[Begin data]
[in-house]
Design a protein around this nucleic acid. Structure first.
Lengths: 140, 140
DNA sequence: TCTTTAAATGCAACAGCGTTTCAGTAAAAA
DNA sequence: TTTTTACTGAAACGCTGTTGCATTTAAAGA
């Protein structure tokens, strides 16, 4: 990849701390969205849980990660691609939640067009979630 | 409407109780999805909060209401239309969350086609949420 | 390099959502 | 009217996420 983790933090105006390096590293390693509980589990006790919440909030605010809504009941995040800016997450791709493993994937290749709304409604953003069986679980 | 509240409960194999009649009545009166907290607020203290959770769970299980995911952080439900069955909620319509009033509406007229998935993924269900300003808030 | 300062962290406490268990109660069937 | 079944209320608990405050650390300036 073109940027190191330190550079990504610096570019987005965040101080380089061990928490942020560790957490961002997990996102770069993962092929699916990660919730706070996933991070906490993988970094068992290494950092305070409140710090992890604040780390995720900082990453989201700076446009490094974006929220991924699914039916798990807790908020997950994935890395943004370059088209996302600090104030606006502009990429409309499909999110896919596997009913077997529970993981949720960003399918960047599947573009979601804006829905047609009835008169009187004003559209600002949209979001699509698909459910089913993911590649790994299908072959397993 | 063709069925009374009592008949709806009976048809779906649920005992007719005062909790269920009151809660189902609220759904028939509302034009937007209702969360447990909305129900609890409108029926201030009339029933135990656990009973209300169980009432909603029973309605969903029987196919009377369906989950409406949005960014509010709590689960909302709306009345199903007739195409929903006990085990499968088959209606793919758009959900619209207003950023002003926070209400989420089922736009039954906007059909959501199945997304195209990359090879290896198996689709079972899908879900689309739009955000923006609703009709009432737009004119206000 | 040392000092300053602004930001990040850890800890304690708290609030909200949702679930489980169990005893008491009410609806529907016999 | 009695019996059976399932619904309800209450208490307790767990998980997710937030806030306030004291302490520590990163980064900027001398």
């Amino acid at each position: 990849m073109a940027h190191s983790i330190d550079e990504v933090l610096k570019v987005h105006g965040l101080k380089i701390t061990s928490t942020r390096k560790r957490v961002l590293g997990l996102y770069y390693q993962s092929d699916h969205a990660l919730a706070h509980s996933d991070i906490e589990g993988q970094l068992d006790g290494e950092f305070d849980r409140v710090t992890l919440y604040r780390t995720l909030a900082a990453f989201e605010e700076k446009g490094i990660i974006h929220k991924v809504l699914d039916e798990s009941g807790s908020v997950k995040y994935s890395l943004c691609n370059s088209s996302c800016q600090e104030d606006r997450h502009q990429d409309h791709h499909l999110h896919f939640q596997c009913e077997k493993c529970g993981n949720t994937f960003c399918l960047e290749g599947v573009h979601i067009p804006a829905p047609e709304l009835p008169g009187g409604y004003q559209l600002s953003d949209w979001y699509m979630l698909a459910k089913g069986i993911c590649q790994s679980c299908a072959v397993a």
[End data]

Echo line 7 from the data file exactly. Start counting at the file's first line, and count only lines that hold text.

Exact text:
């Amino acid at each position: 990849m073109a940027h190191s983790i330190d550079e990504v933090l610096k570019v987005h105006g965040l101080k380089i701390t061990s928490t942020r390096k560790r957490v961002l590293g997990l996102y770069y390693q993962s092929d699916h969205a990660l919730a706070h509980s996933d991070i906490e589990g993988q970094l068992d006790g290494e950092f305070d849980r409140v710090t992890l919440y604040r780390t995720l909030a900082a990453f989201e605010e700076k446009g490094i990660i974006h929220k991924v809504l699914d039916e798990s009941g807790s908020v997950k995040y994935s890395l943004c691609n370059s088209s996302c800016q600090e104030d606006r997450h502009q990429d409309h791709h499909l999110h896919f939640q596997c009913e077997k493993c529970g993981n949720t994937f960003c399918l960047e290749g599947v573009h979601i067009p804006a829905p047609e709304l009835p008169g009187g409604y004003q559209l600002s953003d949209w979001y699509m979630l698909a459910k089913g069986i993911c590649q790994s679980c299908a072959v397993a």